Part II: A Sport of Their Own - Talkin’ baseball: From sexism to career success

Royal York players Miranda MacCormack (left) and Meghan MacCormick (right) participate in a discussion about girls’ and women’s baseball in Canada.

Royal York players Miranda MacCormack (left) and Meghan MacCormick (right) participate in a discussion about girls’ and women’s baseball in Canada.

This is the second in a five-part series called A Sport of Their Own. Next: Canada’s national team a world power.

You can read Part 1 - Thousands of girls, women playing baseball in Canada here.

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Talkin’ baseball: From sexism to career success

By Scott Langdon

Canadian Baseball Network

The 13-year-old girl asked her dad a straightforward question. He is still working on his answer almost a quarter century later.

“In 1995 or 1996 my daughter Meghan asked me why her brother could play baseball, but she and other girls had to play softball. Good question. So, with some friends we did a phone survey of the parents of girls playing softball in our association. About 80 per cent responded in favor of baseball,” said Alan Waffle, then a volunteer executive, Islington Minor Baseball League (IMBL) in west end Toronto.

“It took a couple of years to really get a house league going. We had about 80 or 90 girls who wanted to play,” added Waffle, who today is president, Royal York Baseball Association, an amalgam of the IMBL, Etobicoke Girls’ Baseball League and a few other local leagues.

Michelle Johnston, 37, played in that first house league and remembers it fondly.

“We played in the house league and some select tournaments. Then we played in the Central Ontario Girls Baseball League (COGBL) when it was formed in 1996. I vividly remember how difficult the transition was from softball rep to house league and select baseball,” she said. “We often quoted the movie A League of Their Own and spoke about it. I guarantee that all the girls of my era know every single word of that movie. Very inspirational.”

Royal York was one of the featured teams in the COGBL among the up to 12 that participated. Canada’s first national women’s team, formed to play in an international tournament and then the first Women’s World Series at Toronto’s SkyDome (now Rogers Centre) in 2001, consisted mostly of Royal York players.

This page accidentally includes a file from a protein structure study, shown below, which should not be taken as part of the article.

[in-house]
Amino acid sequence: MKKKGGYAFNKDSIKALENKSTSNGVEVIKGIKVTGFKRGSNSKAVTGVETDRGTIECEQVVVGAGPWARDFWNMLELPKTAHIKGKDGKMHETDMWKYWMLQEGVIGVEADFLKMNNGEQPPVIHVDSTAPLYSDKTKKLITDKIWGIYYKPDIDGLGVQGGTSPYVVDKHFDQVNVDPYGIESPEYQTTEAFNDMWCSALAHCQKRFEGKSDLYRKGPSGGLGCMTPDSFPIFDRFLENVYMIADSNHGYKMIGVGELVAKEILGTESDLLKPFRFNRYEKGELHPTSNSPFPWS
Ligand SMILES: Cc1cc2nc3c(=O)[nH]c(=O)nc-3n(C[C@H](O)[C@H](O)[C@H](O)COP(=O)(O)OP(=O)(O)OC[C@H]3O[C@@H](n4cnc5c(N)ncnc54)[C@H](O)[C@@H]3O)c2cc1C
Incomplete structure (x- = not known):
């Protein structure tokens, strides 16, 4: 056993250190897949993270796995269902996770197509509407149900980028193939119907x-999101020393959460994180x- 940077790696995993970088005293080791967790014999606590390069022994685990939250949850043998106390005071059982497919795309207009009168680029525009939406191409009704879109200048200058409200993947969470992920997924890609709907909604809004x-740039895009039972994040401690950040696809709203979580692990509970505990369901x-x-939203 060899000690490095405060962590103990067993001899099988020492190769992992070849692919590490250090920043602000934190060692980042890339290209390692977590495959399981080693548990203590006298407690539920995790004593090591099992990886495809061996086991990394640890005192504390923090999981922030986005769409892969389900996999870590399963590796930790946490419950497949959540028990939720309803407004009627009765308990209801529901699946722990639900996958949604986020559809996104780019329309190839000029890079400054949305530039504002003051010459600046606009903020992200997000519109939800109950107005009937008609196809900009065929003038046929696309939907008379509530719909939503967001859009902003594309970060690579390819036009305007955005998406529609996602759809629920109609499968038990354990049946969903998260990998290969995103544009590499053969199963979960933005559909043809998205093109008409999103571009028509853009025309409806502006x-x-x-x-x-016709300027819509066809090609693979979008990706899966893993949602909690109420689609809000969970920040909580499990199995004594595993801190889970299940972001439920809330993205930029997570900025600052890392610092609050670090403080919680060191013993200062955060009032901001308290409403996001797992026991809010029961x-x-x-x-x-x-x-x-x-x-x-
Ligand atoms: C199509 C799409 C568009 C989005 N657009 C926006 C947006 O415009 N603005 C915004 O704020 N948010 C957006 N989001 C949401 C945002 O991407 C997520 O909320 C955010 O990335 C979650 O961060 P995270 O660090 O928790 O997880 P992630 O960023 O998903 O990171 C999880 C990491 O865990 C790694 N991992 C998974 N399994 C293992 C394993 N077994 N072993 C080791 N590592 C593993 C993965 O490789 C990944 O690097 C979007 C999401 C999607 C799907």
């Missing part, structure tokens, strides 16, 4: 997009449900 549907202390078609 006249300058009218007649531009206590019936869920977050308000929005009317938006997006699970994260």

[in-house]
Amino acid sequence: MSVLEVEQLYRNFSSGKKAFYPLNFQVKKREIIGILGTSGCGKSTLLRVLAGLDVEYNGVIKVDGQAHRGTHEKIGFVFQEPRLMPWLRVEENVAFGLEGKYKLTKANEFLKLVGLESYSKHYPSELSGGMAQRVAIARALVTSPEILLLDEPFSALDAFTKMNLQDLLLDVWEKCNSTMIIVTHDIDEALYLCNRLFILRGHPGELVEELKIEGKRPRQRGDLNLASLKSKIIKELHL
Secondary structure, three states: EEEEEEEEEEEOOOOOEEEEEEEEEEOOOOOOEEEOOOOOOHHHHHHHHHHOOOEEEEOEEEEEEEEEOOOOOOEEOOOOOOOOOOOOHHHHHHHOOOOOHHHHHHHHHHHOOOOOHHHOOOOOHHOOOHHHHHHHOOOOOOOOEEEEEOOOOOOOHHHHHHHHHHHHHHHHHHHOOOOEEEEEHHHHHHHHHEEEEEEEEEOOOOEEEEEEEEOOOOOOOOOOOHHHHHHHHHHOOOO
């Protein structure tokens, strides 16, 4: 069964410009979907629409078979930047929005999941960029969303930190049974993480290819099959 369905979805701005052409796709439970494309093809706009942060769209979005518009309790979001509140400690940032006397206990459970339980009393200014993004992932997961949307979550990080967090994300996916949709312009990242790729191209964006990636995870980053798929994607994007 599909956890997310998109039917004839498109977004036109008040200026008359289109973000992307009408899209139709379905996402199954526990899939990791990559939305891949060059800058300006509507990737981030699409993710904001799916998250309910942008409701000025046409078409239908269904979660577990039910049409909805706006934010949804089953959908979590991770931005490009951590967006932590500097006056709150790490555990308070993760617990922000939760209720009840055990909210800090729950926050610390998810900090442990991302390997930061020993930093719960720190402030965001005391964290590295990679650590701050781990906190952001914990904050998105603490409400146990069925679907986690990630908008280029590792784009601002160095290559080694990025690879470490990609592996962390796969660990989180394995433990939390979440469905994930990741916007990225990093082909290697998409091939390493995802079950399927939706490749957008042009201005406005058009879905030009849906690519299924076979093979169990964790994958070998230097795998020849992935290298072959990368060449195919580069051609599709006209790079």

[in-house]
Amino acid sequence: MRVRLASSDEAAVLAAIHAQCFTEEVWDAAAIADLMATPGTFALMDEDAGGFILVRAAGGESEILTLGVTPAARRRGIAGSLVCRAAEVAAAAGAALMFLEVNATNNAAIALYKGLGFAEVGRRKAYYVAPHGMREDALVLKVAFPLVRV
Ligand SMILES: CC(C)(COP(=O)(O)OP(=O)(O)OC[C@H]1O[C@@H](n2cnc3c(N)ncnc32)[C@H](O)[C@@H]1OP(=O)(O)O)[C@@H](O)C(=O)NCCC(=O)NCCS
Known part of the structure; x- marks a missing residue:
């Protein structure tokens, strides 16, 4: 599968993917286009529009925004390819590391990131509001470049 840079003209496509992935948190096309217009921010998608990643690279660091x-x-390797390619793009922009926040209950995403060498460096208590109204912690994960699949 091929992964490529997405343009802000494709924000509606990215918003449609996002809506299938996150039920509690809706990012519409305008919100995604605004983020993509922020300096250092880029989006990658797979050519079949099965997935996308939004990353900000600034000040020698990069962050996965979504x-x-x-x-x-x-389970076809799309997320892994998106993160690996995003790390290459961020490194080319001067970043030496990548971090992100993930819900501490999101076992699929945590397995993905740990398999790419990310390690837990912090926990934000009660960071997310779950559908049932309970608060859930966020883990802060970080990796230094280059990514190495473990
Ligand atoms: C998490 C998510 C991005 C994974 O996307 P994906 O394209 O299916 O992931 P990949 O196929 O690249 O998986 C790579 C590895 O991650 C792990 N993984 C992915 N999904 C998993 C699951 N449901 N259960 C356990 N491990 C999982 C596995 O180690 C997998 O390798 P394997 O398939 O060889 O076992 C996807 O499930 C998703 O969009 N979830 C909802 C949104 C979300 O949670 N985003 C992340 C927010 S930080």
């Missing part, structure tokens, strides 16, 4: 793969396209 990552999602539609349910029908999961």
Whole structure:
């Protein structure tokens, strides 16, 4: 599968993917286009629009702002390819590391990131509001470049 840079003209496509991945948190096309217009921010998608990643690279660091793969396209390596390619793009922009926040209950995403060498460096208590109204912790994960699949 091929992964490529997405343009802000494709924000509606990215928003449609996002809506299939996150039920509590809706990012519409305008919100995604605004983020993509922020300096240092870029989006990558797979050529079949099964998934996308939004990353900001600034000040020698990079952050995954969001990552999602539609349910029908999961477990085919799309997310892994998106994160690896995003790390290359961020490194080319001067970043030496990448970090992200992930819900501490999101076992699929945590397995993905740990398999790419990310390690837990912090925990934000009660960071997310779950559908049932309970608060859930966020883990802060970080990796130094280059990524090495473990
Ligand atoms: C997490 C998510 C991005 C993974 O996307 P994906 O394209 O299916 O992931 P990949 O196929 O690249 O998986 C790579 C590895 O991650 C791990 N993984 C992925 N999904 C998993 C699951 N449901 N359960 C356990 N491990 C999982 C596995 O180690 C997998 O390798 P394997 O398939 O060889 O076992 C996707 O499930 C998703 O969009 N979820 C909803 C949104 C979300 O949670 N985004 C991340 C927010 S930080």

The COGBL has morphed into the Ontario Women’s Baseball League (OWBL), “the longest, continuous, all-female baseball league in existence in Canada” according to its web site (www.owbl.ca).

The Canadian Baseball Network recently invited a group of girls and women spanning four generations from so-called Gen Z (15 years old and under) to Baby Boomers (over 55 years) from west end Toronto to talk about girls’ and women’s baseball and to share experiences and stories spanning five decades. The Baby Boomers didn’t have the opportunity to play baseball in their youth when “girls played softball” while others have played baseball for two thirds of their young lives.

The participants are: current Royal York players Meghan MacCormack, 15, and Miranda MacCormack, 16; OWBL Royal York players Hannah Pelletier, 17 and Janet Moore, 32; OWBL Annette player Kylie O’Donnell, 29; Judith Mills, 69 and Cathie Hughes, 70, who last played three-pitch softball in the defunct and affectionately-known “Light Days League” in west end Toronto. Lisa Turbitt, 49, Canada’s premier female umpire with more than 16 national and international championships to her credit, rounded out the group.

CBN: Meghan and Miranda, how long have you played baseball?

Megan: For about 10 years. My dad got me into it. I started with boys, but as I got older it has become more fun to play with girls. I’m used to it and I know how to play baseball more than I know how to play softball. I only play softball at school.

Miranda: Ten years…we started out at Annette Baseball playing with boys, then moved to Royal York for girls’ baseball.


“A woman may take part in the grandstand, with applause for the brilliant play, with waving handkerchief to the hero, but she couldn’t actually play. Base Ball is too strenuous for womankind.”